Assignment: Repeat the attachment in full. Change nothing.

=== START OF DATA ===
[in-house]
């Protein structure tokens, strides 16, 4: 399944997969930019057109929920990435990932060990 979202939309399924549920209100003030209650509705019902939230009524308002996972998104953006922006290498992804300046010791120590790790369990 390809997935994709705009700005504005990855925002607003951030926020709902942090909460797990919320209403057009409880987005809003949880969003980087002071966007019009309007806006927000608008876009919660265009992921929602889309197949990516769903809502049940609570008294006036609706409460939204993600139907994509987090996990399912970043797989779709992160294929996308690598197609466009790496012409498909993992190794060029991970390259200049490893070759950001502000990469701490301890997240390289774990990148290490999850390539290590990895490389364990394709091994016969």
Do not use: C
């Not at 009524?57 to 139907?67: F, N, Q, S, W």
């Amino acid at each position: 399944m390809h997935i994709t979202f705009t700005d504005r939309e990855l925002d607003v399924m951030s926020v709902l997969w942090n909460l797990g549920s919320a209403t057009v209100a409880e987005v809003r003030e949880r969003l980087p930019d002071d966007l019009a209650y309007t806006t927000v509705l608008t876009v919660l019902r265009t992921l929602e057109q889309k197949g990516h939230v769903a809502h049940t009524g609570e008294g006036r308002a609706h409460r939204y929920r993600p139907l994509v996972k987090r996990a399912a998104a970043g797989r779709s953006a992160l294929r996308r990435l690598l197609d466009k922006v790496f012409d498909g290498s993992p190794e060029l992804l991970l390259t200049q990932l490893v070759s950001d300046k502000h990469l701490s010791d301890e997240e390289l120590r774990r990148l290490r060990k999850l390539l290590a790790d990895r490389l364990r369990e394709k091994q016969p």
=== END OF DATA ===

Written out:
[in-house]
């Protein structure tokens, strides 16, 4: 399944997969930019057109929920990435990932060990 979202939309399924549920209100003030209650509705019902939230009524308002996972998104953006922006290498992804300046010791120590790790369990 390809997935994709705009700005504005990855925002607003951030926020709902942090909460797990919320209403057009409880987005809003949880969003980087002071966007019009309007806006927000608008876009919660265009992921929602889309197949990516769903809502049940609570008294006036609706409460939204993600139907994509987090996990399912970043797989779709992160294929996308690598197609466009790496012409498909993992190794060029991970390259200049490893070759950001502000990469701490301890997240390289774990990148290490999850390539290590990895490389364990394709091994016969």
Do not use: C
């Not at 009524?57 to 139907?67: F, N, Q, S, W």
């Amino acid at each position: 399944m390809h997935i994709t979202f705009t700005d504005r939309e990855l925002d607003v399924m951030s926020v709902l997969w942090n909460l797990g549920s919320a209403t057009v209100a409880e987005v809003r003030e949880r969003l980087p930019d002071d966007l019009a209650y309007t806006t927000v509705l608008t876009v919660l019902r265009t992921l929602e057109q889309k197949g990516h939230v769903a809502h049940t009524g609570e008294g006036r308002a609706h409460r939204y929920r993600p139907l994509v996972k987090r996990a399912a998104a970043g797989r779709s953006a992160l294929r996308r990435l690598l197609d466009k922006v790496f012409d498909g290498s993992p190794e060029l992804l991970l390259t200049q990932l490893v070759s950001d300046k502000h990469l701490s010791d301890e997240e390289l120590r774990r990148l290490r060990k999850l390539l290590a790790d990895r490389l364990r369990e394709k091994q016969p």